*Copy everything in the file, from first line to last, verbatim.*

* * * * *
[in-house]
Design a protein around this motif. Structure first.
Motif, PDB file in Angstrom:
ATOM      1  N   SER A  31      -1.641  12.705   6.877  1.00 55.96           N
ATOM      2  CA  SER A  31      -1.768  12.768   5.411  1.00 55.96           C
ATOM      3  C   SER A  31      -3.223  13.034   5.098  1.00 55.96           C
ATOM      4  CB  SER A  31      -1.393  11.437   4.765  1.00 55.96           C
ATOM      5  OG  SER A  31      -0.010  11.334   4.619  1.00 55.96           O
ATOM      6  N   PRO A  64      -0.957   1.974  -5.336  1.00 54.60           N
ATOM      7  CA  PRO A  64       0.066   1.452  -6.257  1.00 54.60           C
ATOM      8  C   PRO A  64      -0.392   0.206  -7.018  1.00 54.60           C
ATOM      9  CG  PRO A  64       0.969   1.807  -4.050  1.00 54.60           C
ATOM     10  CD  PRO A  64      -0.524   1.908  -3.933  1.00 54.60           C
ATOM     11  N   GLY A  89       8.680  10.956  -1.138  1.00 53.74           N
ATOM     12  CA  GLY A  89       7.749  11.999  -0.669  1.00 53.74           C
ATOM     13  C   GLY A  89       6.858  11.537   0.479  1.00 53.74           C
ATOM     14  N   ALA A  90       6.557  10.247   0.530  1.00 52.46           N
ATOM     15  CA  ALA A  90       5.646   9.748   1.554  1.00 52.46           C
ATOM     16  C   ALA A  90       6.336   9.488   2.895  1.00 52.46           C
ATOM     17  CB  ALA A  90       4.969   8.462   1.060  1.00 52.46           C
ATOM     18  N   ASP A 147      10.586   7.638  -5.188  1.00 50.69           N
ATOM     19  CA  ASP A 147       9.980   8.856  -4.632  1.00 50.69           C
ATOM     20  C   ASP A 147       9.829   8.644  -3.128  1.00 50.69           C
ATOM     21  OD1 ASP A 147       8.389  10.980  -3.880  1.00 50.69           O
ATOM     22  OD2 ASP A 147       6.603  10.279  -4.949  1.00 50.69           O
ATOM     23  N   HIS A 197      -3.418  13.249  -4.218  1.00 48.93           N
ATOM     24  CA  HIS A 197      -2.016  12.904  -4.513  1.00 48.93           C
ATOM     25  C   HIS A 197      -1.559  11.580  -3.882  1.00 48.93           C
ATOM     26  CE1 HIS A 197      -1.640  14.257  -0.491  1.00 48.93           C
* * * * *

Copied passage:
[in-house]
Design a protein around this motif. Structure first.
Motif, PDB file in Angstrom:
ATOM      1  N   SER A  31      -1.641  12.705   6.877  1.00 55.96           N
ATOM      2  CA  SER A  31      -1.768  12.768   5.411  1.00 55.96           C
ATOM      3  C   SER A  31      -3.223  13.034   5.098  1.00 55.96           C
ATOM      4  CB  SER A  31      -1.393  11.437   4.765  1.00 55.96           C
ATOM      5  OG  SER A  31      -0.010  11.334   4.619  1.00 55.96           O
ATOM      6  N   PRO A  64      -0.957   1.974  -5.336  1.00 54.60           N
ATOM      7  CA  PRO A  64       0.066   1.452  -6.257  1.00 54.60           C
ATOM      8  C   PRO A  64      -0.392   0.206  -7.018  1.00 54.60           C
ATOM      9  CG  PRO A  64       0.969   1.807  -4.050  1.00 54.60           C
ATOM     10  CD  PRO A  64      -0.524   1.908  -3.933  1.00 54.60           C
ATOM     11  N   GLY A  89       8.680  10.956  -1.138  1.00 53.74           N
ATOM     12  CA  GLY A  89       7.749  11.999  -0.669  1.00 53.74           C
ATOM     13  C   GLY A  89       6.858  11.537   0.479  1.00 53.74           C
ATOM     14  N   ALA A  90       6.557  10.247   0.530  1.00 52.46           N
ATOM     15  CA  ALA A  90       5.646   9.748   1.554  1.00 52.46           C
ATOM     16  C   ALA A  90       6.336   9.488   2.895  1.00 52.46           C
ATOM     17  CB  ALA A  90       4.969   8.462   1.060  1.00 52.46           C
ATOM     18  N   ASP A 147      10.586   7.638  -5.188  1.00 50.69           N
ATOM     19  CA  ASP A 147       9.980   8.856  -4.632  1.00 50.69           C
ATOM     20  C   ASP A 147       9.829   8.644  -3.128  1.00 50.69           C
ATOM     21  OD1 ASP A 147       8.389  10.980  -3.880  1.00 50.69           O
ATOM     22  OD2 ASP A 147       6.603  10.279  -4.949  1.00 50.69           O
ATOM     23  N   HIS A 197      -3.418  13.249  -4.218  1.00 48.93           N
ATOM     24  CA  HIS A 197      -2.016  12.904  -4.513  1.00 48.93           C
ATOM     25  C   HIS A 197      -1.559  11.580  -3.882  1.00 48.93           C
ATOM     26  CE1 HIS A 197      -1.640  14.257  -0.491  1.00 48.93           C